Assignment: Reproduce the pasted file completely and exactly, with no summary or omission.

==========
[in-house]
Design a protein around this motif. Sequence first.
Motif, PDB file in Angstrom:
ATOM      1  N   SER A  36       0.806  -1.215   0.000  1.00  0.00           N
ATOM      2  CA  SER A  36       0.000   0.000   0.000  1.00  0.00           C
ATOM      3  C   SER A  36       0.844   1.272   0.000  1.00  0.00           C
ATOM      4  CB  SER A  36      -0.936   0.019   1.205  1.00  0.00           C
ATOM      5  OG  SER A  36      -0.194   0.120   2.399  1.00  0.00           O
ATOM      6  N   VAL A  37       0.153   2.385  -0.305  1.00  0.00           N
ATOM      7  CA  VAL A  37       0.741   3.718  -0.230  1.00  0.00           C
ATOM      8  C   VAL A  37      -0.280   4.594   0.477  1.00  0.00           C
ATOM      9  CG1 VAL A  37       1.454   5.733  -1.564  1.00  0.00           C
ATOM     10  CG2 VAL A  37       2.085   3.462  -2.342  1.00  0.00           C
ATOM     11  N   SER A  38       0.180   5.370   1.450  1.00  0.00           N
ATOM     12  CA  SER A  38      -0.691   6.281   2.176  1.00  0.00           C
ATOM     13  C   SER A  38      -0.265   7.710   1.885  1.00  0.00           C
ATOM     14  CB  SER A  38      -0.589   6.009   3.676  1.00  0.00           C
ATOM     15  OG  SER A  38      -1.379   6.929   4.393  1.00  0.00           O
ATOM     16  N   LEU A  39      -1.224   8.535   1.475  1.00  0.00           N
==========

[in-house]
Design a protein around this motif. Sequence first.
Motif, PDB file in Angstrom:
ATOM      1  N   SER A  36       0.806  -1.215   0.000  1.00  0.00           N
ATOM      2  CA  SER A  36       0.000   0.000   0.000  1.00  0.00           C
ATOM      3  C   SER A  36       0.844   1.272   0.000  1.00  0.00           C
ATOM      4  CB  SER A  36      -0.936   0.019   1.205  1.00  0.00           C
ATOM      5  OG  SER A  36      -0.194   0.120   2.399  1.00  0.00           O
ATOM      6  N   VAL A  37       0.153   2.385  -0.305  1.00  0.00           N
ATOM      7  CA  VAL A  37       0.741   3.718  -0.230  1.00  0.00           C
ATOM      8  C   VAL A  37      -0.280   4.594   0.477  1.00  0.00           C
ATOM      9  CG1 VAL A  37       1.454   5.733  -1.564  1.00  0.00           C
ATOM     10  CG2 VAL A  37       2.085   3.462  -2.342  1.00  0.00           C
ATOM     11  N   SER A  38       0.180   5.370   1.450  1.00  0.00           N
ATOM     12  CA  SER A  38      -0.691   6.281   2.176  1.00  0.00           C
ATOM     13  C   SER A  38      -0.265   7.710   1.885  1.00  0.00           C
ATOM     14  CB  SER A  38      -0.589   6.009   3.676  1.00  0.00           C
ATOM     15  OG  SER A  38      -1.379   6.929   4.393  1.00  0.00           O
ATOM     16  N   LEU A  39      -1.224   8.535   1.475  1.00  0.00           N